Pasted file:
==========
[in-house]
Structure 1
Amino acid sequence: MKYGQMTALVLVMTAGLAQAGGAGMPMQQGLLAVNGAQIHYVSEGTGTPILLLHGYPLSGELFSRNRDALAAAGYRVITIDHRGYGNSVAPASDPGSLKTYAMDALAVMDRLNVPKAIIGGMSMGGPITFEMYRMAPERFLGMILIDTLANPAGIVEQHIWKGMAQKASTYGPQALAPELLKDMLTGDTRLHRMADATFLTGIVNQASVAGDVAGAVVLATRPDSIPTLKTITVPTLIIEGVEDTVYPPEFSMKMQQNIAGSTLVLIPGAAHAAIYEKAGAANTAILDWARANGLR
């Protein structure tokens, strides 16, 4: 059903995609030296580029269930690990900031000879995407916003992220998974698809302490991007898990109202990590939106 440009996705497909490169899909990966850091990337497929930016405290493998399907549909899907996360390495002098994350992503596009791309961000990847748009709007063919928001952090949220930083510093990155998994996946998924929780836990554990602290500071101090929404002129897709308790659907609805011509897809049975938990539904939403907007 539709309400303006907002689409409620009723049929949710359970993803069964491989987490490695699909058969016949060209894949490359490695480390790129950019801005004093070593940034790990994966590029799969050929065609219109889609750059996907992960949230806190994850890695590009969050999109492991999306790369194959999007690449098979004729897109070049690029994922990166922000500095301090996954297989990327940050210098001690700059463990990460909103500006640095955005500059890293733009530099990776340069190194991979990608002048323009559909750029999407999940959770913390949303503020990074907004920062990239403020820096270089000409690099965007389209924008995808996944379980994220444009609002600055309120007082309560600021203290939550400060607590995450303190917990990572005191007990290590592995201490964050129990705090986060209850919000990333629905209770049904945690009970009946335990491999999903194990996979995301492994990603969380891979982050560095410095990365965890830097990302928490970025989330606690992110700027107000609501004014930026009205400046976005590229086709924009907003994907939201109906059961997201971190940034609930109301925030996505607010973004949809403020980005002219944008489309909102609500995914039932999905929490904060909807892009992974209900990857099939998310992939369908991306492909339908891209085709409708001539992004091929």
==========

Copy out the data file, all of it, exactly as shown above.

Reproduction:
[in-house]
Structure 1
Amino acid sequence: MKYGQMTALVLVMTAGLAQAGGAGMPMQQGLLAVNGAQIHYVSEGTGTPILLLHGYPLSGELFSRNRDALAAAGYRVITIDHRGYGNSVAPASDPGSLKTYAMDALAVMDRLNVPKAIIGGMSMGGPITFEMYRMAPERFLGMILIDTLANPAGIVEQHIWKGMAQKASTYGPQALAPELLKDMLTGDTRLHRMADATFLTGIVNQASVAGDVAGAVVLATRPDSIPTLKTITVPTLIIEGVEDTVYPPEFSMKMQQNIAGSTLVLIPGAAHAAIYEKAGAANTAILDWARANGLR
């Protein structure tokens, strides 16, 4: 059903995609030296580029269930690990900031000879995407916003992220998974698809302490991007898990109202990590939106 440009996705497909490169899909990966850091990337497929930016405290493998399907549909899907996360390495002098994350992503596009791309961000990847748009709007063919928001952090949220930083510093990155998994996946998924929780836990554990602290500071101090929404002129897709308790659907609805011509897809049975938990539904939403907007 539709309400303006907002689409409620009723049929949710359970993803069964491989987490490695699909058969016949060209894949490359490695480390790129950019801005004093070593940034790990994966590029799969050929065609219109889609750059996907992960949230806190994850890695590009969050999109492991999306790369194959999007690449098979004729897109070049690029994922990166922000500095301090996954297989990327940050210098001690700059463990990460909103500006640095955005500059890293733009530099990776340069190194991979990608002048323009559909750029999407999940959770913390949303503020990074907004920062990239403020820096270089000409690099965007389209924008995808996944379980994220444009609002600055309120007082309560600021203290939550400060607590995450303190917990990572005191007990290590592995201490964050129990705090986060209850919000990333629905209770049904945690009970009946335990491999999903194990996979995301492994990603969380891979982050560095410095990365965890830097990302928490970025989330606690992110700027107000609501004014930026009205400046976005590229086709924009907003994907939201109906059961997201971190940034609930109301925030996505607010973004949809403020980005002219944008489309909102609500995914039932999905929490904060909807892009992974209900990857099939998310992939369908991306492909339908891209085709409708001539992004091929």